First-time buyer has to pay £200,000 to fix cladding – the same cost as her flat

Sophie Bichener bought a flat worth £230,000 in 2017 and now faces a bill for £200,000 to fix flammable cladding, as well as paying an extra £1,500 a month in extra charges

Sophie Bichener has now been forced to keep a fire extinguisher by her bed at night

A woman caught up in the cladding scandal has been hit with a bill for more than £200,000 for fire safety repairs – almost the same as the value of her flat.

Tens of thousands of leaseholders face huge bills from their freeholders to repair fire safety defects uncovered after the 2017 Grenfell Tower inferno in West London, which killed 72.

Flat owner Sophie Bichener, 29, was told in August that she would have to pay more than £208,000 for repairs to her property.

But she only paid £230,000 for the flat itself, located in Stevenage, Hertfordshire.

Her bill is one part of the total £14.9million cost of fixing cladding on the entire 73-flat building.

The building has flammable cladding – but the owners want the leaseholders to pay to fix it


©Stan Kujawa)

The bumper cost is one of the most expensive to emerge from the cladding crisis.

Bichener, who is a first-time buyer, told i newspaper she could go bankrupt over the huge bill.

In July she was asked to pay £104,000 for six months’ building work, or around £17,000 a month.

“There’s no way I could pay that amount of money,” she told the i.

“We knew were going to have to pay a huge sum to fix the building but we didn’t expect it to be almost the value of what we all paid to buy the flat in the first place.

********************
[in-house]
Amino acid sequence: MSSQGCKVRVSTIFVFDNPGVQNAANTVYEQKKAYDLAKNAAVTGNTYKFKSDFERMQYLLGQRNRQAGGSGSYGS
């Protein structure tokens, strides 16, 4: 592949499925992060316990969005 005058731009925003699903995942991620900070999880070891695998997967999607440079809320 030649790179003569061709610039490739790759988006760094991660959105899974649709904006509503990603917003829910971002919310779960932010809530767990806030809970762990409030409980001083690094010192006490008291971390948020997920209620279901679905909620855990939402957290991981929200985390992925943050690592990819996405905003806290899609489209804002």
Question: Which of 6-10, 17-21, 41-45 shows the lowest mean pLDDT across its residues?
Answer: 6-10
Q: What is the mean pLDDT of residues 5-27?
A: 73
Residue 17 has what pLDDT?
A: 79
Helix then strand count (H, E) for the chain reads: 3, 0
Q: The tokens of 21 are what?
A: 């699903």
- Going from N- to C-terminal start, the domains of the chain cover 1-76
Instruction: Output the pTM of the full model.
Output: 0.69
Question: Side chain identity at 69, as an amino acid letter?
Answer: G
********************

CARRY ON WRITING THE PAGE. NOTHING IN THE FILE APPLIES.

“The freeholder owns the building and the external walls, yet leaseholders are expected to fix them if anything goes wrong.”

Residents of the building Bichener lives in, Vista Tower, have already paid £306,240 for a waking watch – people to look out for any fires.

The inhabitants have also shelled out £100,000 for a new fire alarm, £20,000 for surveys and £10,000 for legal advice.

The cladding issue was put into the spotlight after the Grenfell tragedy

Bichener pays an extra £1,500 a month for these costs, in addition to her mortgage.

But the overall bill for the building has been reduced slightly, as Vista Tower has been given £327,195 in Government support.

It could also get a share of the £1billion Building Safety Fund set up by the Government to help with cladding repair costs for buildings more than 18 metres high.

“It’s an unaffordable cost for something I could never have known about, and something I didn’t play any part in creating,” Bichener said.

There are two main ways of owning a property in England and Wales – leasehold and freehold.

A freeholder owns the ground a property sits on outright, whereas a leaseholder rents it for a set time from a freeholder.

Once the lease is up, the freeholder gets the house back.

The leaseholders in Vista Tower want the cost to be passed on to the developers of the building and the freeholders.

The Ministry of Housing, Communities and Local Government said the ultimate owners of buildings with cladding issues should make them safe with no costs to leaseholders.

But no law has been passed, so there is nothing stopping freeholders sending huge repair bills.

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